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food / travel

Testing Food For Fukushima Radiation, Swiss Find Chernobyl Contamination Instead

Mushroom lovers beware. Health authorities in Zurich recently destroyed 10 tons of Ukrainian mushrooms after determining that the wild fungi contained unacceptable levels of radiation.

ZURICH A food-testing lab in Zurich, Switzerland is sounding the alarm after discovering that a batch of mushrooms shipped from Ukraine contained too much radioactive cesium-137. Ukraine had cleared the mushrooms for export.

The laboratory had been on its toes last year because of the reactor catastrophe in Fukushima, Japan. It ran dozens of tests on various foods from Japan and came up with no radiation-contaminated items. Chemist Rolf Etter was all the more surprised, therefore, to find radiation in food of another provenance – Ukraine – especialle since his team stumbled upon the findings by pure chance. Yet in two of the 14 tests conducted on frozen wild Ukrainian mushrooms, tolerance levels of cesium-137 were well over the acceptable mark. The mushrooms had all been imported by the same company.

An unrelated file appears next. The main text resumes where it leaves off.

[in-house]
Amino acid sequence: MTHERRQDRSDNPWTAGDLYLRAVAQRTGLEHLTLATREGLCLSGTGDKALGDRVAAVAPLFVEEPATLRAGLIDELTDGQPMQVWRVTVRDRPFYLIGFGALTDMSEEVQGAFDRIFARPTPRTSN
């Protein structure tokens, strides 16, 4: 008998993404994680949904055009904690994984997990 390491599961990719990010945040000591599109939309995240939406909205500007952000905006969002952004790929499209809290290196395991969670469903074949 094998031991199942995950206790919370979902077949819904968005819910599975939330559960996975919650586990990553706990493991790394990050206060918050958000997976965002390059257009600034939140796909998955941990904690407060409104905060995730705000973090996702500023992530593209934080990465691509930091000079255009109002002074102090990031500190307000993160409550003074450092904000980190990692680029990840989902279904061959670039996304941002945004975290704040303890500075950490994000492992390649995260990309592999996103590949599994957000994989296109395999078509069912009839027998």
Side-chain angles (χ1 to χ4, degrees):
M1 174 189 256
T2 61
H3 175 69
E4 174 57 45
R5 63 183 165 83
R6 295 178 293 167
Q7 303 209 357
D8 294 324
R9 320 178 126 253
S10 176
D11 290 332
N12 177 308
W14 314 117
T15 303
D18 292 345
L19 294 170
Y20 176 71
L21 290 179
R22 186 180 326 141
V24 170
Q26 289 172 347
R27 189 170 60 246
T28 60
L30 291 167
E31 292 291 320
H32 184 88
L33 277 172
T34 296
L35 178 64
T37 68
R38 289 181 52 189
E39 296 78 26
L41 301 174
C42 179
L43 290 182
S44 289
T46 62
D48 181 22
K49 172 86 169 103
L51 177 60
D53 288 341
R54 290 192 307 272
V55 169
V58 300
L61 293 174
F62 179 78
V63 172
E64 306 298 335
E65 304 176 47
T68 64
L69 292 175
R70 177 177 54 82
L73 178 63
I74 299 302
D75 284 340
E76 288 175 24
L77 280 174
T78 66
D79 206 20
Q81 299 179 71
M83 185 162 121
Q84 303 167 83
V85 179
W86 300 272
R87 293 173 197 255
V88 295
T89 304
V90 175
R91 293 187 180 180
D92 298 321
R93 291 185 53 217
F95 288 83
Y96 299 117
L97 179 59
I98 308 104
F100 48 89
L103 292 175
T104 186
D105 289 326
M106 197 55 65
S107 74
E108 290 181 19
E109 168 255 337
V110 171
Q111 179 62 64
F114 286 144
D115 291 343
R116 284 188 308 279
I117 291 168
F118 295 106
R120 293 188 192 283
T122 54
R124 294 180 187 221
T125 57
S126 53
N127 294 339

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Society

Return To Clay: Why An Ancient Building Material Is Back In Fashion

Concrete and glass are often thought of as the only building materials of modern architecture. But Francis Diébédo Kéré, the first African winner of a prestigious Pritzker architecture prize, works with clay, whose sustainability is not the only benefit.

Francis Diébédo Kéré extended the primary school in the village of Gando, Burkina Faso

Clara Le Fort

"Clay is fascinating. It has this unique grain and is both beautiful and soft. It soothes; it contributes to well-being..."

Francis Diébédo Kéré, the first African to be awarded the prestigious Pritzker Prize last March, is paying tribute to clay. It's a material that he adores, which has too often been shunned and attributed to modest constructions and peasant houses. Diébédo Kéré has always wanted to celebrate "earthen architecture”: buildings made out of clay. It's a technique that has been used for at least 10,000 years, which draws on this telluric element, known as dried mud, beaten earth, rammed earth, cob or adobe.

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